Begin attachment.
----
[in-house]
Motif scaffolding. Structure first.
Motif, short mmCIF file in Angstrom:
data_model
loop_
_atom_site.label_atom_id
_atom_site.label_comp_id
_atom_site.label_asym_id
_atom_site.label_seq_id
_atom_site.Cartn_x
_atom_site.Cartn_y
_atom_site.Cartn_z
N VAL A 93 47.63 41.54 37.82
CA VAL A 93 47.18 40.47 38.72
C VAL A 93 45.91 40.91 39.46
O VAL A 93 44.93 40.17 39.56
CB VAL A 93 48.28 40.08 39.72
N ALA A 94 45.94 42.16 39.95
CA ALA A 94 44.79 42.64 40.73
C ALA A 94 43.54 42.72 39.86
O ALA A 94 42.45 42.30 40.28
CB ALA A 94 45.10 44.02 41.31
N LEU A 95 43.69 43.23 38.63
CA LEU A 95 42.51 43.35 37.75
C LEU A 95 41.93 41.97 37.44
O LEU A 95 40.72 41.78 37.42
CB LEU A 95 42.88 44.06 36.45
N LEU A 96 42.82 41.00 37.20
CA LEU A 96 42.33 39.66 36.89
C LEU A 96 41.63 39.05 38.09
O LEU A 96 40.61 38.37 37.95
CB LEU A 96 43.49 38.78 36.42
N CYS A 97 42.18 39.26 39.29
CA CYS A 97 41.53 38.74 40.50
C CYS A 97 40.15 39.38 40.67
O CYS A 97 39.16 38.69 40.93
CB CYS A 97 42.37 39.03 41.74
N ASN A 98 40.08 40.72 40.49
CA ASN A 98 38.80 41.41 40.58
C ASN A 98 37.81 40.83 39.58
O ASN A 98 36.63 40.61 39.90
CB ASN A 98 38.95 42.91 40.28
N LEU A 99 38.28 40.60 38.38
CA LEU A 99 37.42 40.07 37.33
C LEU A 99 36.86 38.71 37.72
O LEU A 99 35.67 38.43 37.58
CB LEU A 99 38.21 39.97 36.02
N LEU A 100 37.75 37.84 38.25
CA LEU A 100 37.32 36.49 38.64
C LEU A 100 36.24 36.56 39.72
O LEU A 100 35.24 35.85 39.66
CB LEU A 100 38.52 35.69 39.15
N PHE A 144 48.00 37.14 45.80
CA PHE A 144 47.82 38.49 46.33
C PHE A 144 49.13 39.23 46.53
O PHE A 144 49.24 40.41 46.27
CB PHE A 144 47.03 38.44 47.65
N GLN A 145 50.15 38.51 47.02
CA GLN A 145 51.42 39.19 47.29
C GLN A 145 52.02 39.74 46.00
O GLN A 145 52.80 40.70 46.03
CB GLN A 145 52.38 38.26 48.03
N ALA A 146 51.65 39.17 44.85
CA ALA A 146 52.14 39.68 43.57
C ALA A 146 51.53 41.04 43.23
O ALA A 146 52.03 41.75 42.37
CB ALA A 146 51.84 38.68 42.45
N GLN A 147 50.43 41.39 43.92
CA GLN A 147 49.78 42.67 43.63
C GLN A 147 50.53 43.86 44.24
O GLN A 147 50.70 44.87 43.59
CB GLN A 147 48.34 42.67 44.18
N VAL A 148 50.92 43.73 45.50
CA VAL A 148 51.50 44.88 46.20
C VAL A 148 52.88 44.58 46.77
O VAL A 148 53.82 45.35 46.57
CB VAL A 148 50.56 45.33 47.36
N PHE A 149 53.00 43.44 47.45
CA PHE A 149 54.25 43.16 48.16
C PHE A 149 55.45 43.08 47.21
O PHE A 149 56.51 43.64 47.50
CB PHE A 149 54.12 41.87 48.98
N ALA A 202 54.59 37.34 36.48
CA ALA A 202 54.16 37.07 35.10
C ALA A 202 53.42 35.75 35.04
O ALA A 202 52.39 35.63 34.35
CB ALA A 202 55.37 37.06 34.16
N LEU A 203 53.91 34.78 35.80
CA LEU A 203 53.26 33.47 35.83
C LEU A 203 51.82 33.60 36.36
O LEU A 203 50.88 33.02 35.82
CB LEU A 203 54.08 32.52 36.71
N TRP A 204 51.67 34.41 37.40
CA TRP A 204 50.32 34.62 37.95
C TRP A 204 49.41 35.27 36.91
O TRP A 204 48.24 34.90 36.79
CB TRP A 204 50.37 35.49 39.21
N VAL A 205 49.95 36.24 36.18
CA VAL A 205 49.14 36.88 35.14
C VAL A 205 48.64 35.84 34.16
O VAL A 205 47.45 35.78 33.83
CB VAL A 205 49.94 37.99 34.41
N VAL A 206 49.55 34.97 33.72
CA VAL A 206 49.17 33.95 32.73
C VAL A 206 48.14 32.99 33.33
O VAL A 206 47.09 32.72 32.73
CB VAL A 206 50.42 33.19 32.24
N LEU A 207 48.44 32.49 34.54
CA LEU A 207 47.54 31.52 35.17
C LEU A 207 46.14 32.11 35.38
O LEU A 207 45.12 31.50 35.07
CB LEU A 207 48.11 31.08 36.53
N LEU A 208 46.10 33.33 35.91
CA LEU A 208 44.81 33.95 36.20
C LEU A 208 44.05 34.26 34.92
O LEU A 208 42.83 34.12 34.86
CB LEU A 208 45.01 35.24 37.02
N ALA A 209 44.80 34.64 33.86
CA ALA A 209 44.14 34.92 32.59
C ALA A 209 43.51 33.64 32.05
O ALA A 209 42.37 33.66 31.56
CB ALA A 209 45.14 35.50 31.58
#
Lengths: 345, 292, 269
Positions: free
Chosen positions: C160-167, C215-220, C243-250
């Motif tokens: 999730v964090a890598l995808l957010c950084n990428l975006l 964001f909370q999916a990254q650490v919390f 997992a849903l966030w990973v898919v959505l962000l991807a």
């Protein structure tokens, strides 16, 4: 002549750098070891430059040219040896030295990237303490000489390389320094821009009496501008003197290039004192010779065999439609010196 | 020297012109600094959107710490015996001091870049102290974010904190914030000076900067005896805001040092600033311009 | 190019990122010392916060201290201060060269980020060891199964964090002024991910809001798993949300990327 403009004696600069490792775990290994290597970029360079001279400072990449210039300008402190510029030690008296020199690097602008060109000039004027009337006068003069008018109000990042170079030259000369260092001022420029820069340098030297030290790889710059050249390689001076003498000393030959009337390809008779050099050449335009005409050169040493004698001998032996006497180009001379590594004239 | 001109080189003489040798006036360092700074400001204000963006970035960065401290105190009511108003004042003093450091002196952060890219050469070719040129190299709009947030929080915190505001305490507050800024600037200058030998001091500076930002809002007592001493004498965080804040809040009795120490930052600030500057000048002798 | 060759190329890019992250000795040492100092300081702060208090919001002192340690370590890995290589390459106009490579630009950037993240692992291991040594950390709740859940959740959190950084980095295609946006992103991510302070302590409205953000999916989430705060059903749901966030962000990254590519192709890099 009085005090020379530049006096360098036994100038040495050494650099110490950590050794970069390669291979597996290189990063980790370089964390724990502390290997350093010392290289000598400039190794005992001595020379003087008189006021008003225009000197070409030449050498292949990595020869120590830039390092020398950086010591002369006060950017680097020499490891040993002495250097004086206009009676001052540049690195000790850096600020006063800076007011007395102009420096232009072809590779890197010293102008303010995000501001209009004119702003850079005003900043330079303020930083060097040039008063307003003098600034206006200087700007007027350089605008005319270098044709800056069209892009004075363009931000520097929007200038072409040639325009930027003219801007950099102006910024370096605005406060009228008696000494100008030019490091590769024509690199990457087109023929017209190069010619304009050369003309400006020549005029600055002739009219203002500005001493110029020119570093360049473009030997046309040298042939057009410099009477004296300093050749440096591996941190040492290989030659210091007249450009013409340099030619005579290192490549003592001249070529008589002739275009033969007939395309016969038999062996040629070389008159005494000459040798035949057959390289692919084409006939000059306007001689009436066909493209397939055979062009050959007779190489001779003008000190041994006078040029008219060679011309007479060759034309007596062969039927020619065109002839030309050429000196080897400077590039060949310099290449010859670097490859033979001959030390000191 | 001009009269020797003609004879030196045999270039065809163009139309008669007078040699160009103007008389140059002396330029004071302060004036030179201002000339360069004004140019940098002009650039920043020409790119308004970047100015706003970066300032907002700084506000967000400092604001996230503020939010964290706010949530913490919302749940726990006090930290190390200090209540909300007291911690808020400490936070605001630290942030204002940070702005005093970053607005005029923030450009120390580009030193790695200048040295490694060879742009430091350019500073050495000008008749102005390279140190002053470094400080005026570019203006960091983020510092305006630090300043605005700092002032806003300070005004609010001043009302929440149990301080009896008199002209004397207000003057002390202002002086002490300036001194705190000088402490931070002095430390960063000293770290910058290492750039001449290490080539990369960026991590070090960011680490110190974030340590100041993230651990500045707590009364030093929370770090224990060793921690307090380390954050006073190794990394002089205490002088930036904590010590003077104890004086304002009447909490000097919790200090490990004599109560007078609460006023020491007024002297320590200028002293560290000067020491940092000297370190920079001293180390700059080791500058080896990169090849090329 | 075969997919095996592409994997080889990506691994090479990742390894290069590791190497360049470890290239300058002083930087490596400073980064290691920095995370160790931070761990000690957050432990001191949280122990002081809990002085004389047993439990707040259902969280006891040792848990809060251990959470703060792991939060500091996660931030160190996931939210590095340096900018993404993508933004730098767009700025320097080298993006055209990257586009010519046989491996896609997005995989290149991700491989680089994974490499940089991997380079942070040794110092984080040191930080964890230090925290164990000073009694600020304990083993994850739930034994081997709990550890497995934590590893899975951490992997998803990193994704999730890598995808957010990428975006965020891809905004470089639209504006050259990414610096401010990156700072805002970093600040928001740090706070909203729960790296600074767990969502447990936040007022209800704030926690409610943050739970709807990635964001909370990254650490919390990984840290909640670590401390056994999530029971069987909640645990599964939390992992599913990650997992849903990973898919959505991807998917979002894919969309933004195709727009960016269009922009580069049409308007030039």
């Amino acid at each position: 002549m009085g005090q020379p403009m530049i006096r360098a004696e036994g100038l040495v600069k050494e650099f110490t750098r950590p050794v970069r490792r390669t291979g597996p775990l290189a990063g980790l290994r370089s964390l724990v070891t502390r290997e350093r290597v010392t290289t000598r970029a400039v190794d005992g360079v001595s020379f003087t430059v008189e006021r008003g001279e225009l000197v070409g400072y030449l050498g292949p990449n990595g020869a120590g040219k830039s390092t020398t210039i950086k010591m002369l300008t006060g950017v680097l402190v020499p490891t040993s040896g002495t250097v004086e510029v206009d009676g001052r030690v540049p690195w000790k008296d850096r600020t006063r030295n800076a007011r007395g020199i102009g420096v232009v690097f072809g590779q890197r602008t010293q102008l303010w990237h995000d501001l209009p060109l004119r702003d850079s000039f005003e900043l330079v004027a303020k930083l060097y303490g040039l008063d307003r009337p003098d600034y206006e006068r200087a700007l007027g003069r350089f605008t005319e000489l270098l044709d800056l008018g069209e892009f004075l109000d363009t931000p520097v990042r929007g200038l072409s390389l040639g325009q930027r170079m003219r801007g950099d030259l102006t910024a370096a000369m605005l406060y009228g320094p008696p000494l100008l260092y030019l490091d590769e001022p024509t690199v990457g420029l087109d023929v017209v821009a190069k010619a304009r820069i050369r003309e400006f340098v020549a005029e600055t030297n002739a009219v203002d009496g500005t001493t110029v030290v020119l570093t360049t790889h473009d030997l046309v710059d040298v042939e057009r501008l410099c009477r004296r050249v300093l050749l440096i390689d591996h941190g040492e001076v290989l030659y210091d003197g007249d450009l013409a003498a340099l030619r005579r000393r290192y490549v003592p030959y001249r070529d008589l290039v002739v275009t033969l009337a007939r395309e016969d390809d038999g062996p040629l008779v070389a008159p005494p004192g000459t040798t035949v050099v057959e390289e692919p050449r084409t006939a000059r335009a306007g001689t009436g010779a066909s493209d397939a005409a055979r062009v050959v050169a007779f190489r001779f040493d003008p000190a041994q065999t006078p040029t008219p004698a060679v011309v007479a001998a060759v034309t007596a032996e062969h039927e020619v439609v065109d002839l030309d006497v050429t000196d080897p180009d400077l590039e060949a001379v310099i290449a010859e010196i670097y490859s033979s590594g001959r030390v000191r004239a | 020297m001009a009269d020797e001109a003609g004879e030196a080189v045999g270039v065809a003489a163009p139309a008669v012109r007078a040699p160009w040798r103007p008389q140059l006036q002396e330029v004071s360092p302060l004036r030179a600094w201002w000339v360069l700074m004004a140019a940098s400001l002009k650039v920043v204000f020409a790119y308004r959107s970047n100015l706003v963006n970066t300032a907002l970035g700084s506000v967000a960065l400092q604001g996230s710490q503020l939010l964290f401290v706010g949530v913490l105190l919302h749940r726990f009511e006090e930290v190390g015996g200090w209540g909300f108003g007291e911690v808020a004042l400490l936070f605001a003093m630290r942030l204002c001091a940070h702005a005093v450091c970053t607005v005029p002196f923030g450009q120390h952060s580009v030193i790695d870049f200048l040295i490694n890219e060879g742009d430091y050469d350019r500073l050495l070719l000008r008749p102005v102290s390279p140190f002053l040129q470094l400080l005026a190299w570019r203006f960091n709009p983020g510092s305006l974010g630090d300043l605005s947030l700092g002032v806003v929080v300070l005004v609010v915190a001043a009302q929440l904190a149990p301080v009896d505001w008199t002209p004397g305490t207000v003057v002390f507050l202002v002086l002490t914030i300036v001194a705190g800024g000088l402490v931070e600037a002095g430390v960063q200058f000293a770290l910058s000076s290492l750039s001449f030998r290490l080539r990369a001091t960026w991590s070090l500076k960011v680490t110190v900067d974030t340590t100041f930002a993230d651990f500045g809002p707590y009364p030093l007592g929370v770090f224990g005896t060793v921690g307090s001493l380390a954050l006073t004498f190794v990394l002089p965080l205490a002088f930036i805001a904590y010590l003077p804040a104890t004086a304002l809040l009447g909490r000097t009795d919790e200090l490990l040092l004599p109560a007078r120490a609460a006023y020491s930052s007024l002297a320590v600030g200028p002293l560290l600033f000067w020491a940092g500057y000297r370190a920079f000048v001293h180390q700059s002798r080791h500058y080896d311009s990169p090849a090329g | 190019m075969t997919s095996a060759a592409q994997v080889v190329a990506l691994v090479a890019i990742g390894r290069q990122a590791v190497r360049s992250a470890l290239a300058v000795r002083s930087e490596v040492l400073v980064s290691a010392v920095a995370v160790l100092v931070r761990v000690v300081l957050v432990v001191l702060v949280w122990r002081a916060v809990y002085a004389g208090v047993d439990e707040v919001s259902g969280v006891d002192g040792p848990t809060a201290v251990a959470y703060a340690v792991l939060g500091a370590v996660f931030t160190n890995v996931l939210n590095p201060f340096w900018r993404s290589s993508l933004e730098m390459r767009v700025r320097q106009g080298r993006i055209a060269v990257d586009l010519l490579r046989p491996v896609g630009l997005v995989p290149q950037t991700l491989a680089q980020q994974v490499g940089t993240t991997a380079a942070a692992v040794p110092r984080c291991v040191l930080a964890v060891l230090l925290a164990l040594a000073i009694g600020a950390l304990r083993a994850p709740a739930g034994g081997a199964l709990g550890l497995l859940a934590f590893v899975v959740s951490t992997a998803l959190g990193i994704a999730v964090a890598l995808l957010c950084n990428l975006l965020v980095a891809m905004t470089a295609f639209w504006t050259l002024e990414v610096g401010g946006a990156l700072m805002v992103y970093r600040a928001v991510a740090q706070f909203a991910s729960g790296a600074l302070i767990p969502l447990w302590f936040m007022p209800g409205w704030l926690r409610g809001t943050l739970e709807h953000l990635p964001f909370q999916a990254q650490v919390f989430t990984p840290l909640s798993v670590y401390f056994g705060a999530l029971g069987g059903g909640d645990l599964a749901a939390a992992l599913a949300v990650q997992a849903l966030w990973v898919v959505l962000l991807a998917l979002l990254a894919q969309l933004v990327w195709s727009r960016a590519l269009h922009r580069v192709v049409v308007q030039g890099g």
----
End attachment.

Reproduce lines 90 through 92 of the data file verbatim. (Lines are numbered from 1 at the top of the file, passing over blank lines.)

C LEU A 203 51.82 33.60 36.36
O LEU A 203 50.88 33.02 35.82
CB LEU A 203 54.08 32.52 36.71